Saturday, August 12, 2006
Last week I wrote a long post about Sketch-22 where I said that I enjoyed it (I guess I should have put that part in bold..) but saw enough that I thought could be improved that I ended up writing a lot about its flaws.
This won't be one of those posts. This is going to be me gushing shamelessly about the best show I've seen come along in years.
Now, newspaper comics, especially less 'cartoony' ones, have not had the best track record of being adapted to television or movies. I enjoyed the Dilbert TV series, I wouldn't change the channel if it came on, to be sure, but it lacked so much of the satirical edge of the comic that I came off feeling ripped off. I think Scott Adams' representations of characters as animals and monsters actually started to work against him in the expanded universe of the television series. In the Comics, Catbert is evil because he's the director of human resources. The fact that he is a cat is a secret weapon Adams uses, cuteness, to add another dimension to the potential humour of a three-panel strip. But if Catbert did something evil that wasn't HR related, the character would be broken and we would lose interest. In the television series, you stopped being able to think of Catbert as merely the evil director of human resources, instead he was so obviously a cat walking around on a desk that this aspect of his character dominated his evil actions towards the employees and glee at implementing inhumane workplace policies.
The Boondocks is so much better adapted that reading the strip now feels like looking at Anime fan service, just grasping for scraps of new creativity from the author who made such an amazing creation as the TV show.
Some cartoonists were born to be cartoonists, they found their perfect occupation, they never felt too constrained by the few panels a day in which they told their stories, and even when they were to do books they were compilations of strips, or not works of fiction at all, like Scott Adams ruminations on the workplace which are actually quite good.
Aaron McGruder, , it seems, can expand his characters and his world out into a television series and not have it feel stretched too thin nor lose its edge one bit. He even has more freedom to use foul language, show implied nudity and violence than he would be able to get away with in a newspaper strip (the Washington Post once pulled an entire week's worth of his strips because the story arc was about Huey and Riley trying to find a boyfriend for Condoleeza Rice to distract her from wanting to destroy the world.)
This expanded world, by necessity, is filled with a whole town full of extra characters, both of the black and white communities. Thus there is more room for criticizing both cultures, instead of concentrating on one-liners about the Bush administration, an entire plot can be constructed to satirize the direction popular black culture has gone in the US. (Martin Luther King waking up from a coma 30 years after being shot and seeing Black Entertainment Television can be illustrated in a comic, but you don't have the time or the context to build up empathy for King's character as you do when you see him facing an unfamiliar world that is much more visibly alien.)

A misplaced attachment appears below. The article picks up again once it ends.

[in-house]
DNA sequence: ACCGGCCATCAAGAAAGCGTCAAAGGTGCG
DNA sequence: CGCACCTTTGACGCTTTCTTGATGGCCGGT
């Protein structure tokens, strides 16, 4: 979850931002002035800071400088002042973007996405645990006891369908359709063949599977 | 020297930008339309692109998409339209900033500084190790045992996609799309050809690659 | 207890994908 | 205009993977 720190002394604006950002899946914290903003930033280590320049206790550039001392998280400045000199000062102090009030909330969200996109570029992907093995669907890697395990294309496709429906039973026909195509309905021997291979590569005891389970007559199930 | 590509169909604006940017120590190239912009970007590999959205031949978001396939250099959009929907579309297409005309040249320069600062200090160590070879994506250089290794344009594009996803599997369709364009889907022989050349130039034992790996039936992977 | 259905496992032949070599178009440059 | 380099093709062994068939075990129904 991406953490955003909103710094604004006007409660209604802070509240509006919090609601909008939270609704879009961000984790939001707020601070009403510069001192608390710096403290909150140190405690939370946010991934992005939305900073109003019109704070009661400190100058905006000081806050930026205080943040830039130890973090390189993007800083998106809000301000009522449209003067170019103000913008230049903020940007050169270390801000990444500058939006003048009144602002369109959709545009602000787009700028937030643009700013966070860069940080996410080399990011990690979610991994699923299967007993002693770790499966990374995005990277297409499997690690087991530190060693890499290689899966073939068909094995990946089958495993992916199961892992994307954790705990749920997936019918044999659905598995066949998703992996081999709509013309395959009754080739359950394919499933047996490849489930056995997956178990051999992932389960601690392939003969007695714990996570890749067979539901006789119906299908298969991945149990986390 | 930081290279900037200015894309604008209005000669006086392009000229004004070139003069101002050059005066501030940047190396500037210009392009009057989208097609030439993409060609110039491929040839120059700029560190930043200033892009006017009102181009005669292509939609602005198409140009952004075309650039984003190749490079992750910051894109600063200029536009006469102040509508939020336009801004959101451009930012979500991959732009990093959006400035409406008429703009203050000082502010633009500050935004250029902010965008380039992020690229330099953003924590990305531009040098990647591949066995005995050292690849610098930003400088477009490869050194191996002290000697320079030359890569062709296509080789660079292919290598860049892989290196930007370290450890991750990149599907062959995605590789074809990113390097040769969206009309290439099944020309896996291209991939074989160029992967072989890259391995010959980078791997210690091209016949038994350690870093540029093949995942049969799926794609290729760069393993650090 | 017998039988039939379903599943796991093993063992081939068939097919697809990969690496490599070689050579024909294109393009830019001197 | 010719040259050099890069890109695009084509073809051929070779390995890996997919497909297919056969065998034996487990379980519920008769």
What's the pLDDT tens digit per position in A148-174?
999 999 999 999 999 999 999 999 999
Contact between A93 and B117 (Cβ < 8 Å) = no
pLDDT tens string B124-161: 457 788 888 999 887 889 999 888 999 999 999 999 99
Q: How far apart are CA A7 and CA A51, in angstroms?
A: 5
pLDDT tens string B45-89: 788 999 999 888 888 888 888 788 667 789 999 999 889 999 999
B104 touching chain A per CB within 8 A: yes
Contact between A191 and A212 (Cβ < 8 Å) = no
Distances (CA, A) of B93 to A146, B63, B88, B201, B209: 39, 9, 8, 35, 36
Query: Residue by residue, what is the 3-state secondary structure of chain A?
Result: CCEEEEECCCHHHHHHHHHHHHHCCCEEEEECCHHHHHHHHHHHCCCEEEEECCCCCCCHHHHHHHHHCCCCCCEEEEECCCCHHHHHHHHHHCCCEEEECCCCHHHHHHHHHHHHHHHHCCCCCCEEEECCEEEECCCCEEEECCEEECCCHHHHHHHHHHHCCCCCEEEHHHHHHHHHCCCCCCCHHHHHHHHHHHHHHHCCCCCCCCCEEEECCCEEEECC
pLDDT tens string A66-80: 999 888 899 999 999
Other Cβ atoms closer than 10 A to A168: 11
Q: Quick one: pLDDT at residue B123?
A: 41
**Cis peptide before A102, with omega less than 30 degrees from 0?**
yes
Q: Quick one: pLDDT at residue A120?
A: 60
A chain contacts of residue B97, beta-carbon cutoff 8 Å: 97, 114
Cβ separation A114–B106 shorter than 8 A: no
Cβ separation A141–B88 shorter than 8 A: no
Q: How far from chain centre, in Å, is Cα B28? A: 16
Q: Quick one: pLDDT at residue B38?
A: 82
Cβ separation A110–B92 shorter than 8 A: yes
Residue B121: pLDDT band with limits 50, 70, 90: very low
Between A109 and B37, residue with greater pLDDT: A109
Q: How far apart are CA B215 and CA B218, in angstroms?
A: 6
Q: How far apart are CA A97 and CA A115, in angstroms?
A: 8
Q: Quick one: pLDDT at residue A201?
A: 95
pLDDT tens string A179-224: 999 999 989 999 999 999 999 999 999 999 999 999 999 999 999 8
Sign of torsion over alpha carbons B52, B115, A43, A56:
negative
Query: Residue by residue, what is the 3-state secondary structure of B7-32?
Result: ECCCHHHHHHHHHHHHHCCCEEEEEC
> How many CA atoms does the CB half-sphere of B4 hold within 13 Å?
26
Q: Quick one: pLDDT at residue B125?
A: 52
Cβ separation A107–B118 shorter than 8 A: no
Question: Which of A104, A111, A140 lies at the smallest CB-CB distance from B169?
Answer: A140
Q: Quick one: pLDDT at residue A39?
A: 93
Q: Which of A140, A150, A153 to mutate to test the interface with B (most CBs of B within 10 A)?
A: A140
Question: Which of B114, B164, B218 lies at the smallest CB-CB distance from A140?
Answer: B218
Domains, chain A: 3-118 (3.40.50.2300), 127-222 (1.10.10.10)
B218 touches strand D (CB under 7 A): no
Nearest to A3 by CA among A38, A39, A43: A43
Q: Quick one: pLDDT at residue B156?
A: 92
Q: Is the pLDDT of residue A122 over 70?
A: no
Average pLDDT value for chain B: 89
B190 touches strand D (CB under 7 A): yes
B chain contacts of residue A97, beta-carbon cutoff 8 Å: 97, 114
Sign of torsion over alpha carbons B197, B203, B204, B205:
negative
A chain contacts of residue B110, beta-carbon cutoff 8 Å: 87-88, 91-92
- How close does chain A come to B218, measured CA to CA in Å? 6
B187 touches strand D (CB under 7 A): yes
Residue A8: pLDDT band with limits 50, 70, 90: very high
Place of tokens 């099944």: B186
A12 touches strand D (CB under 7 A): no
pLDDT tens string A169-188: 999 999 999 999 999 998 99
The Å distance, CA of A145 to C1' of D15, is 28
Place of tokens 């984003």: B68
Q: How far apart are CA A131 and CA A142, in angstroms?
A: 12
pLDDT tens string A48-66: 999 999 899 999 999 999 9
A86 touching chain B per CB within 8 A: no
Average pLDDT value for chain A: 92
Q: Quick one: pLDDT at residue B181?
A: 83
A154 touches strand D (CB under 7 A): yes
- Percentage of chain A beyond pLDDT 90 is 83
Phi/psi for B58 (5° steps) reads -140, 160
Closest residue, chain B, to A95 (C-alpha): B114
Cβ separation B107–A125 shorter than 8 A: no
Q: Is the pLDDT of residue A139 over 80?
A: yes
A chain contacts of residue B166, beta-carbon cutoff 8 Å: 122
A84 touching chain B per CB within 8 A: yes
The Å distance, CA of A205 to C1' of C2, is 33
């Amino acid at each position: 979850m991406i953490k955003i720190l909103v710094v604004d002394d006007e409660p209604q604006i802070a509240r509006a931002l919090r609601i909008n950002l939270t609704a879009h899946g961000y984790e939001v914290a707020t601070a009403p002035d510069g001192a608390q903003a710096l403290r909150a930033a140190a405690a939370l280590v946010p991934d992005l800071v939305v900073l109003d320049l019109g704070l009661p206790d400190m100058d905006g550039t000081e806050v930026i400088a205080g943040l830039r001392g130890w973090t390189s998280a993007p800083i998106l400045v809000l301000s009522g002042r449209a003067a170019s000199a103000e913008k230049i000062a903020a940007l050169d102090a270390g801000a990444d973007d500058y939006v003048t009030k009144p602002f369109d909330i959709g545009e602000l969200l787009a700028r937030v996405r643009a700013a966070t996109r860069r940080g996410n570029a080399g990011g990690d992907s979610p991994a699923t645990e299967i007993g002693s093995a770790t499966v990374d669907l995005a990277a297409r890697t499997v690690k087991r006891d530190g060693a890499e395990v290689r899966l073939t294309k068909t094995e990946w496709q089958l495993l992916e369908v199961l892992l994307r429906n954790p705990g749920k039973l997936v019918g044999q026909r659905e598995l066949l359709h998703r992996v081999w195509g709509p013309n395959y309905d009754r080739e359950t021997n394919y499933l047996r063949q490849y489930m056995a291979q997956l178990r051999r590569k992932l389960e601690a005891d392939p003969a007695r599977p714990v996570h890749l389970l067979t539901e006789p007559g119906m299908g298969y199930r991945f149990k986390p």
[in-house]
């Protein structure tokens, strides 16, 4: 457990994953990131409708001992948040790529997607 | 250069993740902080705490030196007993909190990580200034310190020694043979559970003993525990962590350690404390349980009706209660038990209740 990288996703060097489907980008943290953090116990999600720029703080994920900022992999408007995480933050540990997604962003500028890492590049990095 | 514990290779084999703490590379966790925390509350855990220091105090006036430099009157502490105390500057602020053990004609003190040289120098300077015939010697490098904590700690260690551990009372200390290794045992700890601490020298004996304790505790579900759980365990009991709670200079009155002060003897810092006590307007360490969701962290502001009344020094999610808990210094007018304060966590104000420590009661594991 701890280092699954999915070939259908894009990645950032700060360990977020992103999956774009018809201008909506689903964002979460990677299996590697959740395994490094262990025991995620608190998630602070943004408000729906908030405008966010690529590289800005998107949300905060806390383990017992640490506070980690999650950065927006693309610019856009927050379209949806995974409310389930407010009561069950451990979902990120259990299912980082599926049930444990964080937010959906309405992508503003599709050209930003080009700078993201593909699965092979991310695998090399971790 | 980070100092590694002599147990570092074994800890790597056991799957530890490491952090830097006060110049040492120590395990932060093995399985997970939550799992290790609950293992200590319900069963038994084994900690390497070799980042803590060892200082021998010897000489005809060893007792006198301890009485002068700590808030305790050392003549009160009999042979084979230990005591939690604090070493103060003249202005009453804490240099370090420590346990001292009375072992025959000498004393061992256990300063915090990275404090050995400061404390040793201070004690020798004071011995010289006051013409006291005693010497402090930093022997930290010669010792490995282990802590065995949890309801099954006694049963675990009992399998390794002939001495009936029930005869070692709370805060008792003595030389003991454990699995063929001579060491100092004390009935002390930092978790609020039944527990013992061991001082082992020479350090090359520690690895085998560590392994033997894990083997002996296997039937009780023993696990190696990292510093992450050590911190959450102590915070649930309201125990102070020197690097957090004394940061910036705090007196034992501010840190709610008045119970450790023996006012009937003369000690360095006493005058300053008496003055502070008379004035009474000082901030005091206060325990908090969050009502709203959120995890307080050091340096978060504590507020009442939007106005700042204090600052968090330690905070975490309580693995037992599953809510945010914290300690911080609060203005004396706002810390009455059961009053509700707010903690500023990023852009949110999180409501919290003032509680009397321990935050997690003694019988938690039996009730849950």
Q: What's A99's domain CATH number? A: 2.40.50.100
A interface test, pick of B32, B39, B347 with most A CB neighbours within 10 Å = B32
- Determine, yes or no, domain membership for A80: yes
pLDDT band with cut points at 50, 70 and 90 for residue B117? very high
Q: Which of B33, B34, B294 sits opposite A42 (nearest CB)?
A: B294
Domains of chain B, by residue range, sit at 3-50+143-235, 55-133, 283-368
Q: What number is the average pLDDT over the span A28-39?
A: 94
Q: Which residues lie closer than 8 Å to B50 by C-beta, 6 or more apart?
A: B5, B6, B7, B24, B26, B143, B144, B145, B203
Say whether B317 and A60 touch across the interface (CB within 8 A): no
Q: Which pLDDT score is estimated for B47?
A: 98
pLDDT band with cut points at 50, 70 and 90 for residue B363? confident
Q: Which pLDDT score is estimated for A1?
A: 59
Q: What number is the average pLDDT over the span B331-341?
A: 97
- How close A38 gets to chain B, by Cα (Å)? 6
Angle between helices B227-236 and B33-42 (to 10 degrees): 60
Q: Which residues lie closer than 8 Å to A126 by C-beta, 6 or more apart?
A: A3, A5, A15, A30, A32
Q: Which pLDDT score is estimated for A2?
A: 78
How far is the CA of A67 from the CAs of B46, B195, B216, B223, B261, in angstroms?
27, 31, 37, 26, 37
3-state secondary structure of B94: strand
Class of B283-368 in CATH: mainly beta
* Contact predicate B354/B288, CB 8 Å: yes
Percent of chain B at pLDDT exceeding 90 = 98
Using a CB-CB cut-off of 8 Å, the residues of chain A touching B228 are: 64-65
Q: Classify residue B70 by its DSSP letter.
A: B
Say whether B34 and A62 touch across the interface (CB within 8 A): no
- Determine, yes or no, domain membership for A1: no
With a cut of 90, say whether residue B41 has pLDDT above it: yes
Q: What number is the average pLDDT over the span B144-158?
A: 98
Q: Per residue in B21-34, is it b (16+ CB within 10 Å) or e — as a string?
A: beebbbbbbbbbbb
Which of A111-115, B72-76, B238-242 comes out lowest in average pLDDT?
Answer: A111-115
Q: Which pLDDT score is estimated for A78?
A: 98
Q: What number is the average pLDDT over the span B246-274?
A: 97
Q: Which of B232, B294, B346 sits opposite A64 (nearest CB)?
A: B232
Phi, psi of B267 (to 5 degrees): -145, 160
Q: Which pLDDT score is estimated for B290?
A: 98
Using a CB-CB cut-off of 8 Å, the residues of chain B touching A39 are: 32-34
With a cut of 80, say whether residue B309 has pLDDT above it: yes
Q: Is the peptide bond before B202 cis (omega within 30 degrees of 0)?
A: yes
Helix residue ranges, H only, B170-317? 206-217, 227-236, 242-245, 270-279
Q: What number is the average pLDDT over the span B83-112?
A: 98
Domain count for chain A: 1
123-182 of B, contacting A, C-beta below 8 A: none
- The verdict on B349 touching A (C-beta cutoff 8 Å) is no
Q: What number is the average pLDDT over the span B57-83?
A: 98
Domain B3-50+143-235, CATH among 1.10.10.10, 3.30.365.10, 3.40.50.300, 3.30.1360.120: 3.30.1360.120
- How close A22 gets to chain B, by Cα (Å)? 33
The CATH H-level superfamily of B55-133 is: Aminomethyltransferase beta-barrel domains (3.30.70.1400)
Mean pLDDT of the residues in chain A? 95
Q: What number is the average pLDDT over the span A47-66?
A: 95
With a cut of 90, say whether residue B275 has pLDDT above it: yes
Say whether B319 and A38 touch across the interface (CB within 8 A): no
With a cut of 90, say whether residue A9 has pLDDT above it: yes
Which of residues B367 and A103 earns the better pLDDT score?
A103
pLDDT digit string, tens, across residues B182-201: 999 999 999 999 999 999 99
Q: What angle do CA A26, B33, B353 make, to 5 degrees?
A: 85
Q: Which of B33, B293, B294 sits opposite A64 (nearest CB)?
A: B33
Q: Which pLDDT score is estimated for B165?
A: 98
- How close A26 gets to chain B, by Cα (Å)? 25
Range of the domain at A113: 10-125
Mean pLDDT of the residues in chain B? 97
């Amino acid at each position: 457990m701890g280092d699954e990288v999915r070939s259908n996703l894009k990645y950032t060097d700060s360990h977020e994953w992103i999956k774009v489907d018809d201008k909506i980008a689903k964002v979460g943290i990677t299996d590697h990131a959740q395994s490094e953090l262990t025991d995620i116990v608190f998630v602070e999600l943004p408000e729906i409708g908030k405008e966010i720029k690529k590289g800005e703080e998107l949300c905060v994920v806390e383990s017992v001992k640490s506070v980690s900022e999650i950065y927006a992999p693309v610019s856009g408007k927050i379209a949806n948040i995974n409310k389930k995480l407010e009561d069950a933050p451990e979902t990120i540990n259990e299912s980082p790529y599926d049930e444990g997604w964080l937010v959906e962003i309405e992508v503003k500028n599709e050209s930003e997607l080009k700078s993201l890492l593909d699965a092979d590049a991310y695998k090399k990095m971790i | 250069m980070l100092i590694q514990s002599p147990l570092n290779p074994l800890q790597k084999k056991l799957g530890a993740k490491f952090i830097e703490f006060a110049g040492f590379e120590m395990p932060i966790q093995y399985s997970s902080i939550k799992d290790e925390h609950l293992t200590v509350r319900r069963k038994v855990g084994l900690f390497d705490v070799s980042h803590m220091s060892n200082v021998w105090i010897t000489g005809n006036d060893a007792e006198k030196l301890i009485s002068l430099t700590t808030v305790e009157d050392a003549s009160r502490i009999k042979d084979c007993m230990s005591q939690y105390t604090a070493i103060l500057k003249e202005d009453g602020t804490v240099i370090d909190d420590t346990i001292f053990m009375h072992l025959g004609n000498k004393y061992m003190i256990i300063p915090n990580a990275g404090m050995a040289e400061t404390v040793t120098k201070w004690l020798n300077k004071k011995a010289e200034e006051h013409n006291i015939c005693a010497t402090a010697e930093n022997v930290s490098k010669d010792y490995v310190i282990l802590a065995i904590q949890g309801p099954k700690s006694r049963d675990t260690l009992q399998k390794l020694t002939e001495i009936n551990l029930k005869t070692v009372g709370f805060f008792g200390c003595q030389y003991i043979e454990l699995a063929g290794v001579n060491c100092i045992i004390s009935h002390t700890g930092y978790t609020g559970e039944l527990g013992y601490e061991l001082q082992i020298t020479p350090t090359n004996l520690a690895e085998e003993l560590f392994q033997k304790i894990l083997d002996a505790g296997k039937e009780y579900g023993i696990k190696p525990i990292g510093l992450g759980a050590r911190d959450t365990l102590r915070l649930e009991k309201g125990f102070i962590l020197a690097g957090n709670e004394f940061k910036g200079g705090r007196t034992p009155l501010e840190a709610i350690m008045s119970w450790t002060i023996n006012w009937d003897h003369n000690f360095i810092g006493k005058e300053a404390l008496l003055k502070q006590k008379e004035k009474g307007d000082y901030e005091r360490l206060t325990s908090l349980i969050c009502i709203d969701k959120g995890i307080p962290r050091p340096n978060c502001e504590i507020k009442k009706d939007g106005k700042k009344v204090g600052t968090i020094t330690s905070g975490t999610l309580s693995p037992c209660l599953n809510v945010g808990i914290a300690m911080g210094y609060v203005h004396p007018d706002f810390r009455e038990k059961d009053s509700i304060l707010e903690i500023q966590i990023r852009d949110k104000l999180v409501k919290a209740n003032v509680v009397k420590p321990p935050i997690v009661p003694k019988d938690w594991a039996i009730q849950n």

Riley's idolizing and emulating of hip-hop culture isn't as dominating a part of his character in the comics, at least until you have read it for a few weeks and can see the differences between Riley and Huey's friend Ceasar, instead of just seeing them as ways to set up or deliver a punchline as a contrast to Huey. Riley, and also Grandpa and the neighbour's kid Jazmin, are all given more freedom to pursue their own whims and plots. Riley went to visit a shot rapper in the hospital, and got tied up in a revenge plot, Jazmin is shown dreaming of giving a church sermon about how Santa Claus died for our sins and was resurrected to give the world's children presents.
Another thing that makes the Boondocks TV series so wonderful is that it uses top-quality animation and production techniques, and doesn't seem to cut too many corners. Don't get me wrong, I love that Cartoon Network can produce so much original content, between Aqua Teen Hunger Force and Harvey Birdman and Space Ghost, they have made some hilarious new television where most cable networks build their schedules around re-runs of some well-remembered series from one of the big networks.
unfortunately you can see the Macromedia Flash-based animation bleed through every frame. Characters move smoothly, but not fluidly, it seems. The computer-generated equivalent of the old-school Spider-Man being dragged across a background scene to simulate movement.
The production of the Boondocks is top-notch, by contrast. It looks just as colourful and unconstrained as Futurama did. And they take advantage of the wonderful freedom that the animated cartoon medium grants you, with over--the-top action scenes that pay homage to some classic martial arts movie or anime series, from the way the camera is set up to the expressions of the characters' faces and the swiftness of the action, you feel like you're watching a real cartoon again, after being subjected to so many animated sitcoms in the past few years.
The Boondocks isn't a 'true' cartoon in the John Kricfalusi sense, but that's a subject for another post. It does, however, have enough elements of a real cartoon to keep that feeling that absolutely anything can happen in the very next frame.